move.38 Ms. Vandegrift understood this to mean he wanted her to initiate a sexual relationship
with him, as he could not do so as her supervisor.39
In 2009, during a patrol, Officer Joe Davis told Ms. Vandegrift his girlfriend’s vagina
was too small and hurt his penis during sex, after which Officer Davis unzipped his pants and
pulled out his penis.40 The same year, Ms. Vandegrift heard Chief Inspector Holmes had forced
a female to give him fellatio.41 Also in 2009, Lieutenant Ed Thompson told Ms. Vandegrift he
knew of at least one male employee who sent a picture of his penis to a female officer. 42 Around
the same time period, Corporal James Gillespie told Ms. Vandegrift the officers in the squad she
worked in at the time thought she had been “fucking” her male supervisor, Sergeant Thomas
In 2009 or 2010, Ms. Vandegrift heard her supervisor—Sergeant John Wood—had said a
female officer—Officer Gale Bryant—had been “banging” her supervisor, Paul DeCarlo.44 In
2010, Officer Davis told Ms. Vandegrift there were rumors she “was ‘fucking’ him.”45 Around
the same time period, while Ms. Vandegrift walked to the women’s locker room, Officer Luis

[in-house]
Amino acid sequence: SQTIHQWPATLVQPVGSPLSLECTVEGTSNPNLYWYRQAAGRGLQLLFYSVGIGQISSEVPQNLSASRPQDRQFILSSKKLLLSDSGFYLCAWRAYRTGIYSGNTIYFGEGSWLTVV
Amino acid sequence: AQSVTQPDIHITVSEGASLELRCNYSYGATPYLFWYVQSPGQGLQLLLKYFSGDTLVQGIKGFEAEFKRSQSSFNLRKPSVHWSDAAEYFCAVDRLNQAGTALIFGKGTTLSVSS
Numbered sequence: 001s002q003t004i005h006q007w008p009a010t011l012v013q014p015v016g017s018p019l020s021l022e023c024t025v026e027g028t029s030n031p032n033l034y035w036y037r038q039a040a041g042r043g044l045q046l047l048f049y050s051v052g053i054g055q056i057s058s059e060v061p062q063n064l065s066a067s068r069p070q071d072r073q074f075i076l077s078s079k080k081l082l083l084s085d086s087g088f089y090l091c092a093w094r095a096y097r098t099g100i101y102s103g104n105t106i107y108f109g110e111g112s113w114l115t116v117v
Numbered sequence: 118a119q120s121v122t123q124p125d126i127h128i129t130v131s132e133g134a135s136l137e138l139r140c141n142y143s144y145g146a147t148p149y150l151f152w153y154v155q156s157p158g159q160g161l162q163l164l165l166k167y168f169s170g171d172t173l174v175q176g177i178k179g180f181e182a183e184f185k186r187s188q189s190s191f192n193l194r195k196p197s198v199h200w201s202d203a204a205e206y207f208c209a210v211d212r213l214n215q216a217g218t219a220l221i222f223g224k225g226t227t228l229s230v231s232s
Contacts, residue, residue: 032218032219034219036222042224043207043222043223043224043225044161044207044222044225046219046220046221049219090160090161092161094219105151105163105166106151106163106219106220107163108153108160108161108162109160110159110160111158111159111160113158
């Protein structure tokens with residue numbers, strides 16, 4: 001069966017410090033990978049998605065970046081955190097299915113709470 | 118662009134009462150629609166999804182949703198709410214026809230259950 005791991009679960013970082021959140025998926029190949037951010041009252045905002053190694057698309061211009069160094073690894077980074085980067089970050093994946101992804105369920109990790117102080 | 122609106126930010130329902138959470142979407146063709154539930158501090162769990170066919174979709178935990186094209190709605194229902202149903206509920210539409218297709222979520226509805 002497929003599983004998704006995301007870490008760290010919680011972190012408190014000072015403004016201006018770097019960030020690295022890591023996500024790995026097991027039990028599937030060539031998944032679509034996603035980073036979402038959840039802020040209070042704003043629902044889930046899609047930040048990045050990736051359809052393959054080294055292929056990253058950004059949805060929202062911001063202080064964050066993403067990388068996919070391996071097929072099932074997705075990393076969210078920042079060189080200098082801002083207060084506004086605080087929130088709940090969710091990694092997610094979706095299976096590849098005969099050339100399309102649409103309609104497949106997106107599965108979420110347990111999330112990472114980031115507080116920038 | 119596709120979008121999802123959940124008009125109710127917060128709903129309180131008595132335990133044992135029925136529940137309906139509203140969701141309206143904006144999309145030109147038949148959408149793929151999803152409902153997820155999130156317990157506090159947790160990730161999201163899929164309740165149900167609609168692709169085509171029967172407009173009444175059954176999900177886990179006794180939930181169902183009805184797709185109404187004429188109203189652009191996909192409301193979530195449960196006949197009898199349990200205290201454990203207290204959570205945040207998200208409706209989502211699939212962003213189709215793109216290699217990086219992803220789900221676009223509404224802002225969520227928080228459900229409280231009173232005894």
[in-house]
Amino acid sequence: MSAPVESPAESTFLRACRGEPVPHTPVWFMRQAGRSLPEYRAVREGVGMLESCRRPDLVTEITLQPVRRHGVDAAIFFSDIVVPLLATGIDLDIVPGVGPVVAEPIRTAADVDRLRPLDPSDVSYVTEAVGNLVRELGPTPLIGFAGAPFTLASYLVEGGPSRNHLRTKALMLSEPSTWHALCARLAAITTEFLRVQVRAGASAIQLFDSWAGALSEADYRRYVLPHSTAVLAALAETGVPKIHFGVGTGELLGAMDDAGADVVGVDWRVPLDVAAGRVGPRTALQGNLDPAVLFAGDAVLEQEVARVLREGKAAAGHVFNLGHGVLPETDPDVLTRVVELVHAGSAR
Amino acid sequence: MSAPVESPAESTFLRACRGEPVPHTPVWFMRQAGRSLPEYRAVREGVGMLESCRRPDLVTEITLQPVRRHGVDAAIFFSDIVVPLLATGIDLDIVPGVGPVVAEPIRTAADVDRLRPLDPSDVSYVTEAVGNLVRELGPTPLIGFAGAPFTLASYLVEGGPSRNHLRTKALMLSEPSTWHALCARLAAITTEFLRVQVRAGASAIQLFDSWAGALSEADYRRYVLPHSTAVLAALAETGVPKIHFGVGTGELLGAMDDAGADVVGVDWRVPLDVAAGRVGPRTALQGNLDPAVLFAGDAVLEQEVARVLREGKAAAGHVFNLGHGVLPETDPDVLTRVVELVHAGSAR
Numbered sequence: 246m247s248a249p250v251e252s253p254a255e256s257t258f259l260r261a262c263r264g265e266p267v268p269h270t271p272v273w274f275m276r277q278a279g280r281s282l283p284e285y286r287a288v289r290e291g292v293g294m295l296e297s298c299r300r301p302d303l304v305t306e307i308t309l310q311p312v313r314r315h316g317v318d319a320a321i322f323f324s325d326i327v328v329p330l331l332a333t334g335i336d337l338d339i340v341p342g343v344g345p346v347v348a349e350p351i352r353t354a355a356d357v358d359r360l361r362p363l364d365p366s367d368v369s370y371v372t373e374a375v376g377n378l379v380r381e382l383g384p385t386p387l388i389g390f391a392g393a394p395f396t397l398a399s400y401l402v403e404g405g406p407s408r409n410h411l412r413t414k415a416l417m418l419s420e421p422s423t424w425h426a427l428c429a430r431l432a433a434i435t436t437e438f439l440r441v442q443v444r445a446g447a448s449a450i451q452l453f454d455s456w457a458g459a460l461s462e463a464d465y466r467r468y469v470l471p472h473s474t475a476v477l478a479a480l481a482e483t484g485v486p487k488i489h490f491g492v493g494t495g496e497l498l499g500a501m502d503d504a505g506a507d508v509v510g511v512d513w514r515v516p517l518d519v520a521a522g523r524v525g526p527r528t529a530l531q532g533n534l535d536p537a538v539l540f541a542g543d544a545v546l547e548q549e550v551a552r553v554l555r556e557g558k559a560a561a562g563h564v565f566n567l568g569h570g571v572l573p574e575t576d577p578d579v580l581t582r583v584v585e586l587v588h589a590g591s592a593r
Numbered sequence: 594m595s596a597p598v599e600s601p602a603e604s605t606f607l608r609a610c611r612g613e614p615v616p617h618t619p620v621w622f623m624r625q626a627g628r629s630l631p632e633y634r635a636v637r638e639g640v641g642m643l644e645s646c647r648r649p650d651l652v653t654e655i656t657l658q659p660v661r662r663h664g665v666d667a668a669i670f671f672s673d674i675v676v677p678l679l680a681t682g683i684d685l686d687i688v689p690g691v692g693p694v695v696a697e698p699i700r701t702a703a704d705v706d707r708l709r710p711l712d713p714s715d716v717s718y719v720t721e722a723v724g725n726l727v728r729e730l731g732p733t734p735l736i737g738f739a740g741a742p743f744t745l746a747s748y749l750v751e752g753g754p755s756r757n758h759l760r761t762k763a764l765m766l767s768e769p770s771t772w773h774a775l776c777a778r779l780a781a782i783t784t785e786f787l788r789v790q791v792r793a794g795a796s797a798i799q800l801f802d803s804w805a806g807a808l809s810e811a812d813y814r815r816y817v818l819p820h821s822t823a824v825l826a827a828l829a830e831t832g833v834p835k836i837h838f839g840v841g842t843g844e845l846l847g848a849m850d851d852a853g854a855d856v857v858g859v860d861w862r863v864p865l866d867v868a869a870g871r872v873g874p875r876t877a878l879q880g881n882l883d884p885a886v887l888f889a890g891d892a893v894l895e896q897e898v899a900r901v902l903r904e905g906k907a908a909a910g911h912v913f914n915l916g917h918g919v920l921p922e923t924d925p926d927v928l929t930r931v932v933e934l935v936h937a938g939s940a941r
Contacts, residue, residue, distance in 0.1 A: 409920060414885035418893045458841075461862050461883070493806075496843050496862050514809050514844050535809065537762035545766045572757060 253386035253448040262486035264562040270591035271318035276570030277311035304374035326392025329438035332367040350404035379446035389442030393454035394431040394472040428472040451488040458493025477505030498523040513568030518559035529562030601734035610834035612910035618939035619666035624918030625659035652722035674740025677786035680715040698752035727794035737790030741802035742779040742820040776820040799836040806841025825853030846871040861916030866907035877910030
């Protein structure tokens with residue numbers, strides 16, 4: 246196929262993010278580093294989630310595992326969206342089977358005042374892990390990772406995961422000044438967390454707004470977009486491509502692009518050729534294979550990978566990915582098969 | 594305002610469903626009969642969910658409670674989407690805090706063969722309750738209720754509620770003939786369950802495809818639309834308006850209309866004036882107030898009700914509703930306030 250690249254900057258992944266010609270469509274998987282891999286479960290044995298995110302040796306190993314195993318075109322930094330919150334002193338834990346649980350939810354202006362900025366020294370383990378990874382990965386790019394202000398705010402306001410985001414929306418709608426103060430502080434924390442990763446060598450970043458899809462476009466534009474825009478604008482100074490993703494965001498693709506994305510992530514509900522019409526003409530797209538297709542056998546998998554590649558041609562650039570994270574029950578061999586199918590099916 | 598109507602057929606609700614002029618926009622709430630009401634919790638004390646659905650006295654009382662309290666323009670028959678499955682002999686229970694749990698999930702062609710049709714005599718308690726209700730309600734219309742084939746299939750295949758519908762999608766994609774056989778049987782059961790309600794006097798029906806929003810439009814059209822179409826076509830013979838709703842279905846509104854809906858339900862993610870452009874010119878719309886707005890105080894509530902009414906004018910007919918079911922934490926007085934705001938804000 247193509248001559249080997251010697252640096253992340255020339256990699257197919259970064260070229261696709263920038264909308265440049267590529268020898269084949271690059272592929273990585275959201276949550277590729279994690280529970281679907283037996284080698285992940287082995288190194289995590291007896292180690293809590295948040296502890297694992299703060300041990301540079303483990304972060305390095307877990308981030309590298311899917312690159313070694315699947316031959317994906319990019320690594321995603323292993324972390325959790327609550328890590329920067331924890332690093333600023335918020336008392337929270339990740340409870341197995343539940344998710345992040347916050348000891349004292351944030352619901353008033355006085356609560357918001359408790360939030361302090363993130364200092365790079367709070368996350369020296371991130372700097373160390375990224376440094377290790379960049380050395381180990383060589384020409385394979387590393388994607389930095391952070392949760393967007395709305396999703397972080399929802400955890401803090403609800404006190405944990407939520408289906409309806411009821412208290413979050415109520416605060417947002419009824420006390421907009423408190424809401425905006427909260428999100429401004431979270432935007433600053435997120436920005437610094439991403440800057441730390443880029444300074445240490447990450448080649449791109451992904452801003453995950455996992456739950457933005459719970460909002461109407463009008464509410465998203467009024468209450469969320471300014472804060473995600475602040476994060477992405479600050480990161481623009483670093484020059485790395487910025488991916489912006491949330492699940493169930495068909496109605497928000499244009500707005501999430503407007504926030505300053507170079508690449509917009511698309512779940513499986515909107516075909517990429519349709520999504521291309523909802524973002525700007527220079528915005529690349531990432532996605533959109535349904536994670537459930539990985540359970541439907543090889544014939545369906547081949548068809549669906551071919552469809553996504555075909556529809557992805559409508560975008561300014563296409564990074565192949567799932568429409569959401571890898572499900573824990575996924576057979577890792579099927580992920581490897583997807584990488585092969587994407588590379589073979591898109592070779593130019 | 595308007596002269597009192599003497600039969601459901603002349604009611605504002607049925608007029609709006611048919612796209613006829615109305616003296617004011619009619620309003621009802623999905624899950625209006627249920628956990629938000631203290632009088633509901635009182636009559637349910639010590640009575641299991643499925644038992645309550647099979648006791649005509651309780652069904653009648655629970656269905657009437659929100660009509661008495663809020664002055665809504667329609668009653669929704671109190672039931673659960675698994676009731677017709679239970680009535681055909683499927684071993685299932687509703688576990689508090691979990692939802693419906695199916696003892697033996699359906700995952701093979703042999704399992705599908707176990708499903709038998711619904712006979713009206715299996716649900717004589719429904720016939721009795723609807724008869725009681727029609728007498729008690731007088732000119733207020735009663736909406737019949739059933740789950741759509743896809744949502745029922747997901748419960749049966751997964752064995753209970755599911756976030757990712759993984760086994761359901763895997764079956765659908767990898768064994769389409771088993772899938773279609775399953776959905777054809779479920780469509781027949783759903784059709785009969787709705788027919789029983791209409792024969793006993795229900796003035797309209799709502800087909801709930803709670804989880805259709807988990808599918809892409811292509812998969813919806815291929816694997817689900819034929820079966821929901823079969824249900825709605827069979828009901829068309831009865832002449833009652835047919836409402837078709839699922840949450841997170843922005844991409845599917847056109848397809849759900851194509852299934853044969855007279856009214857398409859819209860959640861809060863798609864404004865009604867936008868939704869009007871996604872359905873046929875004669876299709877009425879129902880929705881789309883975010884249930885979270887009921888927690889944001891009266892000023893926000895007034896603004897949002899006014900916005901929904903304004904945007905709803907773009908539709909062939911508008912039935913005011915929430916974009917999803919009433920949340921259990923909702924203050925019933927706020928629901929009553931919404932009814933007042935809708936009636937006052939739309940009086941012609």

Santiago left the men’s locker room with his pants unzipped.46 Before zipping up his pants,
Officer Santiago made sure to stop and see Ms. Vandegrift looking at him.47
Vandegrift told him to never do that again, Officer Santiago rolled his eyes and said,
In 2010 or 2011, a male officer slapped Ms. Vandegrift on her backside while walking
by.49 Around the same time period, Officer Matt Harris told Ms. Vandegrift Officer Mike
Givens sent Officer Gayle Hawthorne a picture of his penis. 50 Also around the same time,
Sergeant John Wood—Ms. Vandegrift’s supervisor—commented on a female officer returning
from maternity leave, stating “she would just have to make up her mind, did she want to be a
mom or a cop, she can’t do both.”51
In 2011, Ms. Vandegrift’s supervisor—Sergeant John Wood—told her about a rumor of a
female officer who had an affair with a higher level male sergeant in their squad. 52 During the
conversation, Sergeant Wood said, “No man would ever turn down a blow job.”53
Vandegrift understood this to mean Sergeant Wood wanted her to offer him a blow job, and he
would accept it.54
Also in 2011, Lieutenant Ed Thompson told Ms. Vandegrift Sergeant
DeAngelo (male) said he was “fucking the shit out of” Officer Gayle Bryant.55
In 2011, Ms. Vandegrift and Officer George Gaspar were driving together and stopped to
talk to two male colleagues—Officers Vernon Ray and James Owens.56 After they drove away,